What makes a wine a winning partner for warm-weather foods? We tasted our way through four different answers to that $64,000 question at Friday's summer wine dinner at Cooking with Class.
Turn down the heat
Choosing lower-alcohol wines is one way to keep summer heat in check. These wines don't feel as hot in the mouth as high-octane wines, a sensation you might enjoy by the fire in winter but not so much on a hot desert night. Stay cool with wines that clock in under 13 percent. If you have trouble finding lower-alcohol wines in your wine shop's domestic section, venture over to the Loire, northern Italy and Germany for more choices in the 11 to 12.5% range.
Leave oak in the forest
The fresher flavors and lighter weight of summer foods can make wines with overt oakiness seem heavy or clunky. While the toasty flavors imparted by oak can play up to the smoky flavors of barbecue and outdoor grilling, all that wood can clobber the palate. Instead, try lighter-oaked styles or blends with neutral-oak aged or unoaked lots in the mix. If you can't find clues to a wine's oak ageing on the label, ask your wine merchant. More Chardonnay producers are trumpeting their no-oak or less-oaked wines with label terms such as oak-free, unoaked, naked, virgin or references to steel or metal. Whites that are often unoaked include dry Muscat, Torrontés, Riesling, Albariño and most Sauvignon Blanc from New Zealand.
Take a wine vacation
Summer is a perfect time to sample the un-chardonnays of the white wine world. Lighter sauces and breezier preparations call out for wines with bright acidity, fresh fruit flavors, delicate or floral aromas and a solid core of minerality. White wines from cooler climates deliver the goods. Look again to the Loire Valley of France for whites that seem made for summer salads, shellfish and lighter meats, as in Muscadet, Chenin Blanc and Sauvignon Blanc. Gotta have red? Loire Cabernet Franc is a versatile match for picnic and warm-weather foods, including herbed vegetables and white meats, salmon and grilled ahi.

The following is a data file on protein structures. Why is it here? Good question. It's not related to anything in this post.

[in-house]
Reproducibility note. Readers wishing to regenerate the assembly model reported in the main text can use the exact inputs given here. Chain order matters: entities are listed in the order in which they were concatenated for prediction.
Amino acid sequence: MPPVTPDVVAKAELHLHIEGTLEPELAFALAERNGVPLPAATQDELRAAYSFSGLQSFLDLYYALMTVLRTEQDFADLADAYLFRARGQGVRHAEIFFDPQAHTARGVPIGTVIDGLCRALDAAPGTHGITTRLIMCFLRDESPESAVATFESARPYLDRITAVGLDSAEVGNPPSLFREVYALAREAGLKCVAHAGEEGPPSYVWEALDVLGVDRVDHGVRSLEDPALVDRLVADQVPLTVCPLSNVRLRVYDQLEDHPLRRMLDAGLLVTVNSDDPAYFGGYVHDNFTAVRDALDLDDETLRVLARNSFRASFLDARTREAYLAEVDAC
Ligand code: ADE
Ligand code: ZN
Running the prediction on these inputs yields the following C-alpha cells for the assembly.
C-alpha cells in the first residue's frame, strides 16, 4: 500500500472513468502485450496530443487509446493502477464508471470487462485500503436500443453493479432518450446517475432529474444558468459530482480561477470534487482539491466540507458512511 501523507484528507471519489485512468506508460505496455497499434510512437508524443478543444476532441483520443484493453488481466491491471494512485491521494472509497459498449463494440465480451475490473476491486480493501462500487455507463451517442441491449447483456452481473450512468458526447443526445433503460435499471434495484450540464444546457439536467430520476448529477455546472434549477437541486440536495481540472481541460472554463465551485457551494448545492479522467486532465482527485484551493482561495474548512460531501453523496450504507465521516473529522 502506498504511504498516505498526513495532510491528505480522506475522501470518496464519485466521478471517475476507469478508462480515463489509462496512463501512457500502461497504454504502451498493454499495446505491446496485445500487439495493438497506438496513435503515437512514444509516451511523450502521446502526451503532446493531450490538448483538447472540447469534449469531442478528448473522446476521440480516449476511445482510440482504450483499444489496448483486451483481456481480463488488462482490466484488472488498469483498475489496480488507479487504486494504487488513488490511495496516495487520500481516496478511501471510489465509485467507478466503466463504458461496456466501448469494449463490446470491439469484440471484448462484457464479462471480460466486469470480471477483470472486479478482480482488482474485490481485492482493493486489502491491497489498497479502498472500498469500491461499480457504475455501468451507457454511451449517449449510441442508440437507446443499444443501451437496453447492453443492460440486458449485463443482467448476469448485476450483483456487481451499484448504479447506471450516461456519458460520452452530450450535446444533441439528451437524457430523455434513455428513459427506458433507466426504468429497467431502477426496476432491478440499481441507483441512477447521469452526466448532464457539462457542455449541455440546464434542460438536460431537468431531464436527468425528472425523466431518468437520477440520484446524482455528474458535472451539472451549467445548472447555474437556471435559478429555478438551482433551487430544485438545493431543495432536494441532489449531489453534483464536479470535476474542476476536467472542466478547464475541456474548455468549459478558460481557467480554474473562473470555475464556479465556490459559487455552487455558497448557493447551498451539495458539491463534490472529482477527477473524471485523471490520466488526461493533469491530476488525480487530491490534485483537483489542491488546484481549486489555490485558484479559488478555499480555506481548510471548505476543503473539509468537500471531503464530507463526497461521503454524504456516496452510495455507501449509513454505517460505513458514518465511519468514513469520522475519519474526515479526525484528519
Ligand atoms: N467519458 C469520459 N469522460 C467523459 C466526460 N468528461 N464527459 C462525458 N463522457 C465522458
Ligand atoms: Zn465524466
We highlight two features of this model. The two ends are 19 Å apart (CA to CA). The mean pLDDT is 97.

Soave from the Veneto region of northeastern Italy has made giant leaps in quality since it unleashed oceans of watery, thin wines last century. Labels that bear a classico designation on the label are good bets for elegance, lemony and mineral flavors, smooth texture and hint of almond on a clean finish. Further south, sharper Vermentino from Sardegna is a lip-smacking tart white that cries out for seafood and acid-based dressings.
Stateside, the cool northwest is producing whites that are big on value and flavor. Oregon Pinot Gris has just the right amount of weight and citrusy verve to pair well with summer vegetables, appetizers, fish, poultry and lighter meat dishes. Venture into Washington wines too – their Rieslings are getting better and better.
So what did we serve Friday? We began with Guy Saget Les Clissages d’Or 2009 Muscadet de Sèvre et Maine, a 100% Melon de Bourgogne lovely from the Loire. Aged on its lees for a lush, creamy texture, this Muscadet offers food-friendly refreshment with a salty tang. Adorned in les clissages d'or, the handwoven gold threading on the bottle, it was also the prettiest bottle of the night.
For the second course, the nod went to Italy's Veneto and the Filippi 2008 Soave made from 100% Garganega. Its lemony freshness and medium body made it a lively pairing for Chef Andie's version of shrimp scampi with creamy polenta.
Next up, we'll tell you about warm-weather reds and the two that brought our summer wine dinner to a grand finale – one by a single-minded California newcomer and the other a surprising debut from southern France by a storied winemaker .